When we design, it can’t hurt to have an understanding of how long term memories are formed for retrieval, and the places we can lose them along the way. The science of this can get rather confusing though, so allow me to explain by taking you on a quick journey through memory storage.
When we allow our experienced brains to play with the research, we can dream up new and more impactful ways to reach our learners
Picture, if you will, a treasure map. Your mission is to take your ship 'The Forever' which is full of precious memories, and deposit them in the treasure chest on the top of Long Term Memory Mountain.
The first stop on your map is 'Short Term Memory Island'. There you encounter a gang of memory bandits. If you don’t defeat them, your memories will be taken to the Land of the Forgotten, this is the place where nothing is known and nothing remains.
Luckily you get past the first obstacle of your journey and set sail again, next stop 'Working Memory Island'. There you are met by a crew of thieving pirates who want to steal your memories, and take them back to...you guessed it, the Land of the Forgotten.
It’s quite the battle, but fortunately, you leave victorious! You’re on the home stretch. One more stop and you’ve made it to your destination. Arriving at 'Encoding Cove' you and your crew transfer your treasure of memories into chests and make the trek up to the top of Long Term Memory Mountain.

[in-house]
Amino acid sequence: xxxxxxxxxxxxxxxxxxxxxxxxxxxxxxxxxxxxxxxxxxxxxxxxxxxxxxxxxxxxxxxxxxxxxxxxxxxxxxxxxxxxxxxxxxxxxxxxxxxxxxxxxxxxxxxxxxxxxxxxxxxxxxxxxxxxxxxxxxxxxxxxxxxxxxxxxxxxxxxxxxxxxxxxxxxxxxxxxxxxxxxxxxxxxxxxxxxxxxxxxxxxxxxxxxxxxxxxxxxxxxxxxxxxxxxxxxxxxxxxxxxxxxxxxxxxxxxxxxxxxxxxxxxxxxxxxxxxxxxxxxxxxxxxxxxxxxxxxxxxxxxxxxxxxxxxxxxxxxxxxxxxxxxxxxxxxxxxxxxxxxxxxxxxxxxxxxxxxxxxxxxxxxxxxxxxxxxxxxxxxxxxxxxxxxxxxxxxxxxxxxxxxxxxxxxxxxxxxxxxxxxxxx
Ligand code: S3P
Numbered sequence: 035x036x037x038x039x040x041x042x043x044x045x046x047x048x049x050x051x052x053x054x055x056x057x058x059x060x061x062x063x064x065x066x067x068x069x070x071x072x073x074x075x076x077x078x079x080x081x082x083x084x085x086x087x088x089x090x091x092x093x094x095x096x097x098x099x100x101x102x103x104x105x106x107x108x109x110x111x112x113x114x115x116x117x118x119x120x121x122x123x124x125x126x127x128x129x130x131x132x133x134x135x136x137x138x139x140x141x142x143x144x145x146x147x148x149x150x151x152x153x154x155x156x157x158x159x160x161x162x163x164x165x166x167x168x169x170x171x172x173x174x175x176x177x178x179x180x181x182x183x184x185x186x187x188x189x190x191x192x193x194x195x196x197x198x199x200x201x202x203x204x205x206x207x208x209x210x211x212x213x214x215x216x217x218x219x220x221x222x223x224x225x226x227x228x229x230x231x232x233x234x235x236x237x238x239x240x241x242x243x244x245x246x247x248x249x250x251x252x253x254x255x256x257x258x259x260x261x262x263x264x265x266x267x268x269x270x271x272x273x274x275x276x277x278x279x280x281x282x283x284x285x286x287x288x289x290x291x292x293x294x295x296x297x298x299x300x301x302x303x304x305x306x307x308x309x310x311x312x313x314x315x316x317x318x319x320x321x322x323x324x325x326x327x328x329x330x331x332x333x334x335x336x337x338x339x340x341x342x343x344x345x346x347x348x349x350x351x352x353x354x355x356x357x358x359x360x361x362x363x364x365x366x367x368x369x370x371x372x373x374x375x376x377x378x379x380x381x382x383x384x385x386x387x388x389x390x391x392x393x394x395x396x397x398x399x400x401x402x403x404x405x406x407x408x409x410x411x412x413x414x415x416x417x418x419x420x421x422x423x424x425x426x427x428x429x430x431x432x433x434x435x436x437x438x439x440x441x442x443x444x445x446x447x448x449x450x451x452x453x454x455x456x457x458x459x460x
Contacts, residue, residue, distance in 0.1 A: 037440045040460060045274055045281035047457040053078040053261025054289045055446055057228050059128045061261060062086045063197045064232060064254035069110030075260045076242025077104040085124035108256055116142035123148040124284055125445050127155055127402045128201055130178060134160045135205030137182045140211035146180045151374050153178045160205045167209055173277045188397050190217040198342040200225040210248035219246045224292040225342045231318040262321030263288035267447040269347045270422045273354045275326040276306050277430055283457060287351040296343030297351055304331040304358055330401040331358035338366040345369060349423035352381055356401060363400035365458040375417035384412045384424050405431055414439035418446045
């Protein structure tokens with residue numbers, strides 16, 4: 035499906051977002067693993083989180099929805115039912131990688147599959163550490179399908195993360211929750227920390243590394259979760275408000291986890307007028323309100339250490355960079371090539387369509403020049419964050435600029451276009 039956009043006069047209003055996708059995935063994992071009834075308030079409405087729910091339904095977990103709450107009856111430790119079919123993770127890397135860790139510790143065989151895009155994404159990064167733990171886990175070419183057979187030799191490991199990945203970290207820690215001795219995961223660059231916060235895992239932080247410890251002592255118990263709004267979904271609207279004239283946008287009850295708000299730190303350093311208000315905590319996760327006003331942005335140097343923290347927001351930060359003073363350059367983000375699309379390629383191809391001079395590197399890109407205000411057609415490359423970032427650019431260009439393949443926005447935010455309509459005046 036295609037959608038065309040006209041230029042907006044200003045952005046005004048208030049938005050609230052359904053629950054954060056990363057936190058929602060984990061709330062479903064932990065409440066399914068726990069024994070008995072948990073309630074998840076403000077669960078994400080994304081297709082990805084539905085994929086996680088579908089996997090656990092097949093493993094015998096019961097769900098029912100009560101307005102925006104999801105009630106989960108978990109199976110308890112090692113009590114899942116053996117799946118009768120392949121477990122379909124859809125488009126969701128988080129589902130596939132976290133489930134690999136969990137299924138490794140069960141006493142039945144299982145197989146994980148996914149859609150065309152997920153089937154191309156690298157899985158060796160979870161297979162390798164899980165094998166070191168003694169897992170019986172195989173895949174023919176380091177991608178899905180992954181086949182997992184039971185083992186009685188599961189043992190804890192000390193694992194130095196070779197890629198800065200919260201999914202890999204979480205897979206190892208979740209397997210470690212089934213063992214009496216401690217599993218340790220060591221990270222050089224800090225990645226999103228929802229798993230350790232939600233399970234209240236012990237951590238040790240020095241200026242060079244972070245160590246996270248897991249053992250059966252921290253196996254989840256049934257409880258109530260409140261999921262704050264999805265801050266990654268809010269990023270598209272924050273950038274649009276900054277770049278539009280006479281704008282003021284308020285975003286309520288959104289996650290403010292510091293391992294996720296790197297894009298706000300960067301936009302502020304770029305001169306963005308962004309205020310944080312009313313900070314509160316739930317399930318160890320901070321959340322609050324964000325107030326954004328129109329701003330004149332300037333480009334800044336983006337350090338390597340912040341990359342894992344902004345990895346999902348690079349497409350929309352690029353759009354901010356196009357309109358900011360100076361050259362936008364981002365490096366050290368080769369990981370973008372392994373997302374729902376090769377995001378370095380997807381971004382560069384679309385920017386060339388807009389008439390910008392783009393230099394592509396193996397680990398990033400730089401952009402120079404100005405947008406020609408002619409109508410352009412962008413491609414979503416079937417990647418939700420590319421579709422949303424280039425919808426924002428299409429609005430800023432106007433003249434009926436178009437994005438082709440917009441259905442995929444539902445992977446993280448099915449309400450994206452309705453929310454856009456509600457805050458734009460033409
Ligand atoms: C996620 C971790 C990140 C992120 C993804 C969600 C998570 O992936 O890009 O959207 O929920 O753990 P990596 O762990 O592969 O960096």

Your booty is now safe forever, and you can go back and visit it whenever you want.
The moral of this story when it comes to looking at your learning design is this: Your methods will always change depending on the content that needs to be taught, be it story telling as demonstrated here, hands on practice, webinars etc. but the end game should always look the same.
Ask yourself - how can I align my methodologies to help my learners retrieve their treasure? *Additional tip, if you want to engrain this concept into your long-term memory, try making an illustration of the map in the story.
So, my fellow friends in the world of learning, though the science is still new and we’ll need to give grains of salt as we navigate all the research and information coming out from it, when we allow our experienced brains to play with the research, we can dream up new and more impactful ways to reach our learners, and for me that’s where the real treasure lies.
YARR for now;)
About the author
Lauren Waldman is CEO of Learning Pirate.